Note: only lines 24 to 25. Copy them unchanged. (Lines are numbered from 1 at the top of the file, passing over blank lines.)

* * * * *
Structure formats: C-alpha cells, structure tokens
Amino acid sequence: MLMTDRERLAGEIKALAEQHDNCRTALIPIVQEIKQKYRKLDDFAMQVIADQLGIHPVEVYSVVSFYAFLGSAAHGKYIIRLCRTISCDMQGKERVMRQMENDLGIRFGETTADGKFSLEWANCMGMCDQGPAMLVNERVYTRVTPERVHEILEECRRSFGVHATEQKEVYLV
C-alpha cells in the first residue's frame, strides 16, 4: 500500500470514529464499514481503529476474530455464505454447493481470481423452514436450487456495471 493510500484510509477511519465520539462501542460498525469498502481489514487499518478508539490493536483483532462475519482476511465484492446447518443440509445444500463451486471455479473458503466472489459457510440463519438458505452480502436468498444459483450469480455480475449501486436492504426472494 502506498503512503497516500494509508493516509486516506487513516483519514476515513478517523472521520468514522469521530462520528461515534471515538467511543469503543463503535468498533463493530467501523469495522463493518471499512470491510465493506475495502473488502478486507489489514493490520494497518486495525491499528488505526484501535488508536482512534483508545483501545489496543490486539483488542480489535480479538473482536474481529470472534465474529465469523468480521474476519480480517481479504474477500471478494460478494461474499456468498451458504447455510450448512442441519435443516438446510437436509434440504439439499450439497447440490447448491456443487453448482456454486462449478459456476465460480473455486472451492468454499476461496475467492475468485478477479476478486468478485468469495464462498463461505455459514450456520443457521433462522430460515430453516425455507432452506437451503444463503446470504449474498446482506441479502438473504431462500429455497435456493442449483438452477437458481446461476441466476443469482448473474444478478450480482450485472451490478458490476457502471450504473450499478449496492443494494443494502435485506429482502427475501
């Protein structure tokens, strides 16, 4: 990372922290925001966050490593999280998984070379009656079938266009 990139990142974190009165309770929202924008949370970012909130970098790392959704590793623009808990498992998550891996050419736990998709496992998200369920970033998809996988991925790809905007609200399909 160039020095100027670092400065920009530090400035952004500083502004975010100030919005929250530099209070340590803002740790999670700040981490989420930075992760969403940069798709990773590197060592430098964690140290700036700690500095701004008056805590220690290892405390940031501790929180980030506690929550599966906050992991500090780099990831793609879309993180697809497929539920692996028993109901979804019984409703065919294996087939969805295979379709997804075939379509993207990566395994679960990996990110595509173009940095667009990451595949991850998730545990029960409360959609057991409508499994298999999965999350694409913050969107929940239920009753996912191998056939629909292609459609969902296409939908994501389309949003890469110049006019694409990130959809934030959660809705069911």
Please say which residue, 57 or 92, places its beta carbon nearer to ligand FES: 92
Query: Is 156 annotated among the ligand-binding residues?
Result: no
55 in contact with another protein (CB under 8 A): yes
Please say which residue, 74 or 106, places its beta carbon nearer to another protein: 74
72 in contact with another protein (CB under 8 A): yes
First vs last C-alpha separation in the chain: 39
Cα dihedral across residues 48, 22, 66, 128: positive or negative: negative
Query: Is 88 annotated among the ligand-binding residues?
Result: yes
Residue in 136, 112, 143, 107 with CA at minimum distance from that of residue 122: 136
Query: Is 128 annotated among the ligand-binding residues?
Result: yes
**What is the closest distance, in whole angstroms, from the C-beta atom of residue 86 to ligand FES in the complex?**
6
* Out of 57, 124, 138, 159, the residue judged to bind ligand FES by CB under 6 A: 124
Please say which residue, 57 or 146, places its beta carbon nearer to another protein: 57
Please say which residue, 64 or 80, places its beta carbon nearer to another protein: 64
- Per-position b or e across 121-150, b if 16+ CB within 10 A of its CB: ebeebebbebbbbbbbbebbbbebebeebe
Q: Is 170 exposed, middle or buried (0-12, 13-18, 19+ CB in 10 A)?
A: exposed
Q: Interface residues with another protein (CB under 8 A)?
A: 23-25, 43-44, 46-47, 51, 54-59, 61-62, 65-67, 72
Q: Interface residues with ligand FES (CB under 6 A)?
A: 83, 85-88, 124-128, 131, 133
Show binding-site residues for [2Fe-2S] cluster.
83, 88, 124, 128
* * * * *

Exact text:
Q: Is 170 exposed, middle or buried (0-12, 13-18, 19+ CB in 10 A)?
A: exposed